Holiday cleanup begins in county
Everyone dreads taking down Christmas trees.
First to go are the ornaments, followed by the tinsel and lastly the lights.
But one of the hardest tasks during after-holiday cleanup is figuring out how to discard of live Christmas trees.
None of the towns throughout Crenshaw County have set policies on disposal of the festive trees, but some do offer services to assist in discarding them.
"We don't have a policy on that," Luverne Mayor Joe Rex Sport said. "If anyone has real trees, they just need to put them by the road and we'll haul them off and dispose of them. It's just like when residents trim the hedges or bushes. We don't recycle them."
Sport said the city has disposed of the trees several different ways throughout the years. He said this year the trees would either be hauled to the city's property that runs adjacent to the lagoon next to Luverne School or to the county landfill.
"It just depends on how many we have," he said.
After all the dried out Christmas trees are collected throughout the city, Sport said they will be burned.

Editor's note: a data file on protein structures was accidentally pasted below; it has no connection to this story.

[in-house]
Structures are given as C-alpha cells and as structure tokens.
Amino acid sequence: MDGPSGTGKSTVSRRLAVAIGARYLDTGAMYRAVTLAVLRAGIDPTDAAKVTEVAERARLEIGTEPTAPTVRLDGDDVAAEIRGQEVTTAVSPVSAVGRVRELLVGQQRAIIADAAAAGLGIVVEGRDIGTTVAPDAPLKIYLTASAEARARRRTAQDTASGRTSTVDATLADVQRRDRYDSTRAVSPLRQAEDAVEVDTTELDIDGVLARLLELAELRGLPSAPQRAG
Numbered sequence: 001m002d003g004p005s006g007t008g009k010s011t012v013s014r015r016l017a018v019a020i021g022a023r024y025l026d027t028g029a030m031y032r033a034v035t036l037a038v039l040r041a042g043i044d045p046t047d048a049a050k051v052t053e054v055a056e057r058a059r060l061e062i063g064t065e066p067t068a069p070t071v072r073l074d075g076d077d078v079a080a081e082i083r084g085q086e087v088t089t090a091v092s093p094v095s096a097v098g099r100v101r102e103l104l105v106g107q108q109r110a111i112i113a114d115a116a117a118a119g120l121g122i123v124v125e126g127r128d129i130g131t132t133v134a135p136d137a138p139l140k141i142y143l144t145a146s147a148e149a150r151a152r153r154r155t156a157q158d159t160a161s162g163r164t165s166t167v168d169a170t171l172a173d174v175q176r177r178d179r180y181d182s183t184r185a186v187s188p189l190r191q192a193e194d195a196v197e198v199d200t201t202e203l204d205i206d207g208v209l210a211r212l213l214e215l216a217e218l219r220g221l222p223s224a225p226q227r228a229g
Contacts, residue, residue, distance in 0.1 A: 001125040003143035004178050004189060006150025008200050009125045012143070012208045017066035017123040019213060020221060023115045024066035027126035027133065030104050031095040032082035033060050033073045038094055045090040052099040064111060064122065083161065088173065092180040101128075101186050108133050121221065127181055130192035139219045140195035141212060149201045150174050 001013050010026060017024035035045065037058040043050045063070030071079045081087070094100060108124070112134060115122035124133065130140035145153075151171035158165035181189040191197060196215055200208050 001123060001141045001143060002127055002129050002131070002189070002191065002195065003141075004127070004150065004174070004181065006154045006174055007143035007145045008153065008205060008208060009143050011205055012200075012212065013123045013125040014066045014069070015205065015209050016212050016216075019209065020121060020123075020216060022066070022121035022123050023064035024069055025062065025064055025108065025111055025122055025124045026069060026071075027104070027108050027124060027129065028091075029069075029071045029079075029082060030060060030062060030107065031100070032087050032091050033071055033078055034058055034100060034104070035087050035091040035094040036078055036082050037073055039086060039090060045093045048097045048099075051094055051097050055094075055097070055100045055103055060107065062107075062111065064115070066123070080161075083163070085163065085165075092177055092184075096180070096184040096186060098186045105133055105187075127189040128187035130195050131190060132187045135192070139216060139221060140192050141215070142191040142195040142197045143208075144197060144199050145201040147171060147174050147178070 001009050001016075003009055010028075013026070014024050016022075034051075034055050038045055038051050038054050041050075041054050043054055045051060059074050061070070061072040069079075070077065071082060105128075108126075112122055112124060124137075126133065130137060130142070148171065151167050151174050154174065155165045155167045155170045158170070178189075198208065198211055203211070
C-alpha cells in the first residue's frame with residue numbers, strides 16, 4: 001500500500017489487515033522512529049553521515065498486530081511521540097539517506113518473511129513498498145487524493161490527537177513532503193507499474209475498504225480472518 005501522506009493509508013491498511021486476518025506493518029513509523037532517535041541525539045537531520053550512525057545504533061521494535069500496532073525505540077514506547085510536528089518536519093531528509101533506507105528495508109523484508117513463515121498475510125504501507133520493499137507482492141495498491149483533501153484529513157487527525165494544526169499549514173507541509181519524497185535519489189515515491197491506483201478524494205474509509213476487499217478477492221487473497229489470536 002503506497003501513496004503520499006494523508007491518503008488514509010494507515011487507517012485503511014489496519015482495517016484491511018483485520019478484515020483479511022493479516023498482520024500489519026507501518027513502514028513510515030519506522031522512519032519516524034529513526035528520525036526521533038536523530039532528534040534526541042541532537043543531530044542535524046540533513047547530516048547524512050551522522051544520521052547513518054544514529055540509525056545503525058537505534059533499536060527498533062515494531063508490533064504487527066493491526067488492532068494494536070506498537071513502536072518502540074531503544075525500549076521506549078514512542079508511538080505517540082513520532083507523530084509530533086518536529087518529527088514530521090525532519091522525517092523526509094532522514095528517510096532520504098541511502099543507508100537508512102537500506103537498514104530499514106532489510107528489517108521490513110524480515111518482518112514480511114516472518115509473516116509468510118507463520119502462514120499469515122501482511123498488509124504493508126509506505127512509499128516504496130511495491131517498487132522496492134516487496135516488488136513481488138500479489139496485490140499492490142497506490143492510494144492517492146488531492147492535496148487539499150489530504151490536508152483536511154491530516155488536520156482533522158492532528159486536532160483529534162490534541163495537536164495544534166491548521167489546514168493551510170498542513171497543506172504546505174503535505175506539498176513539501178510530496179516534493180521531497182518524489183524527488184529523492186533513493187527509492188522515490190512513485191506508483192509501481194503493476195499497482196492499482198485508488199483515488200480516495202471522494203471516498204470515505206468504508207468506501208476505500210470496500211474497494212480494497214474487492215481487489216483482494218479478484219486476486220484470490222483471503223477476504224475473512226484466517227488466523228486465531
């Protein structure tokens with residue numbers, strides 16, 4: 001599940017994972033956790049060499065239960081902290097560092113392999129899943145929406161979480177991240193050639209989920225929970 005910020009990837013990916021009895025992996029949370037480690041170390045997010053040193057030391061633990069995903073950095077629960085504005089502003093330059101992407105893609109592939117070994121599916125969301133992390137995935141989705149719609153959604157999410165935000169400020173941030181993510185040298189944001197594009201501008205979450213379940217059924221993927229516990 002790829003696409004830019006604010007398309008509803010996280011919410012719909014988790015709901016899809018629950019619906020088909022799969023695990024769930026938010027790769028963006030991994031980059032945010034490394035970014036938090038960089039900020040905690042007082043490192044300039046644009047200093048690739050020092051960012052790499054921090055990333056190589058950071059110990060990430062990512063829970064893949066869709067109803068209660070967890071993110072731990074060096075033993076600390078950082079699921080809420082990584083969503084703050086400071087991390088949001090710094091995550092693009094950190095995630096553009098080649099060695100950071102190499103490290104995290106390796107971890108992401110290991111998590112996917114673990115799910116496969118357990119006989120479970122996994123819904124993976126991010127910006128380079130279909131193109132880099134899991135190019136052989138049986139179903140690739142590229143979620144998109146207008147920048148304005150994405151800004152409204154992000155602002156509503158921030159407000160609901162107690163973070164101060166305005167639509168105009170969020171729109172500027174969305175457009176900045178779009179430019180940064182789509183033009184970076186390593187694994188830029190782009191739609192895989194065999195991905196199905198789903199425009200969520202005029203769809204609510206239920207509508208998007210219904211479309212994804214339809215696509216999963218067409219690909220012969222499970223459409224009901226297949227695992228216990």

The Town of Rutledge will also use the county landfill to get rid of all its residents' discarded trees.
"We normally just pick them up during our weekly debris pick up," Rutledge Mayor Joe Dexter Flynn said. "Usually everyone doesn't have them ready the week after Christmas, but after the first of the year they should all be picked up."
The Town of Brantley is taking the same approach as Luverne and Rutledge. Officials have designated a plot of land for the trees to be hauled away to and later burned.
"We want the residents to put them out beside the road and we will pick them up," Brantley Town Administrator Larry Morgan said.
As for the Town of Petrey, Mayor Curtis Petrey said there isn't any plan for tree disposal. The town doesn't have any public service departments to haul the trees away and its garbage service, Arrow Disposal, will not haul them away.
"The residents will have to take care of their own," Petrey said. "Most of our residents don't have real trees, but the few that do have to take care of their own. The county won't pick them up and Arrow won't pick them up, so we have no choice."
Several larger municipalities recycle the discarded Christmas trees and use them to help with beautification projects. The City of Montgomery's Sanitation Department has designated drop off sites for its residents and will use a chipper to turn them into mulch for use in the parks.
Sport said to his knowledge the council has never proposed the possibility of recycling the trees.
"I don't recall it ever being talked about," Sport concluded.
Flynn is fond of the idea of recycling the trees, but believes his town is not large enough for such a project.
I know some larger cities have recycling, but I don't think we're big enough to do that," he said. "It takes a lot of volume to do that."